When the wheels of the state’s first self-driving car hit the pavement this month in Boston, they did so under provisional rules issued by Mayor Martin J. Walsh and Governor Charlie Baker.
In the long term, however, a more formal system will be needed to regulate so-called autonomous vehicles, or AVs. The technology raises a slew of questions that aren’t covered by existing rules governing motor vehicles, like: Should autonomous cars be clearly marked? Should they be allowed to operate without anyone inside? Can individuals own them, or should fleets of AVs be shared? Do their operators need a license? Should they be held to higher efficiency standards than traditional vehicles?
On Thursday, two state lawmakers — Representative Tricia Farley-Bouvier, a Pittsfield Democrat, and Senator Jason Lewis, a Winchester Democrat — offered possible answers to some of those riddles, unveiling a measure that would set statewide rules for the testing and use of autonomous vehicles.
Like other officials, they are wary of falling behind the pace of the technology, resulting in an after-the-fact debate like the one about how to regulate ride-hailing firms such as Uber. In that case, legislation came only after the services had become widely popular.
But autonomous-car companies warn that too little is known about how the vehicles will be used to write a useful and lasting set of rules.
In a salvo that could be a precursor of regulatory fights to come, Cambridge-based startup nuTonomy Inc. — the only Massachusetts company actively testing self-driving cars — ripped apart the bill’s details in a letter to the Globe Friday, saying Lewis and Farley-Bouvier want to “micromanage” the nascent industry in a way that would stifle innovation.
Among other provisions, the bill would mandate that all self-driving cars weighing under 8,500 pounds be zero-emissions vehicles, and require their operators to pay the state 2.5 cents for every mile they travel. Only freight and emergency autonomous vehicles could drive more than a mile without a passenger.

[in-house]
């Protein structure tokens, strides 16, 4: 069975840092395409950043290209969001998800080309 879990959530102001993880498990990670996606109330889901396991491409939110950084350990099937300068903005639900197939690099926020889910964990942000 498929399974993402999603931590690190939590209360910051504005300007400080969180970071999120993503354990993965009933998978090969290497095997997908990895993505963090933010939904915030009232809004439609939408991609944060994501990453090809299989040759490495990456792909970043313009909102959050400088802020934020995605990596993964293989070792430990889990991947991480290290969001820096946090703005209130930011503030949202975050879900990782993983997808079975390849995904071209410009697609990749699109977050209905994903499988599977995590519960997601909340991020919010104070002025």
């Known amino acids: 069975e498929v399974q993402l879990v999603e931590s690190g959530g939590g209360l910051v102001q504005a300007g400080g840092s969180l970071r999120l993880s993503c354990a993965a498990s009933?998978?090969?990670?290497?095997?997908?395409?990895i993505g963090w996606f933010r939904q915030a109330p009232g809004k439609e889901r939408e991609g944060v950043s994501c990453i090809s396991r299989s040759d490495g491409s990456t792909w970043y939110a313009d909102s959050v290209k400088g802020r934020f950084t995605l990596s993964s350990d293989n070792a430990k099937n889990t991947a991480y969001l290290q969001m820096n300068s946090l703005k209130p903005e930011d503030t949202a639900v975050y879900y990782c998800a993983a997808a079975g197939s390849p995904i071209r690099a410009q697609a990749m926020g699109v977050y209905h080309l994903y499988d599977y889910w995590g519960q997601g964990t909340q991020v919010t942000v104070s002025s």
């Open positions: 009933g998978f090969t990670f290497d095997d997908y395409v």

NuTonomy’s chief counsel, Matthew Wansley, wrote that the law would make Massachusetts the only state in the country to impose a special tax on the vehicles.
“In the short term, the. . . tax would spur an exodus of companies currently developing and testing AVs in the Commonwealth, erasing an opportunity for economic development and diminishing our reputation as a leader in innovation,” Wansley wrote. “In the long term, the AV tax would have the perverse effect of punishing Bay Staters for using a safer form of transportation.”
The company also said that while it uses zero-emissions Renault ZOEs as test vehicles, requiring all self-driving vehicles to be electric would slow their development, limit their use for long-distance trips, and make them even less affordable than traditional cars.
It also objected to the bill’s ban on self-driving vehicles traveling more than a mile without a passenger inside.
Lewis, the bill’s cosponsor, has said the provision was intended to prevent empty “zombie cars” from circling endlessly instead of parking, which could worsen traffic. But Wansley cautioned that the rule would effectively prevent on-demand ride-hailing services from using AVs.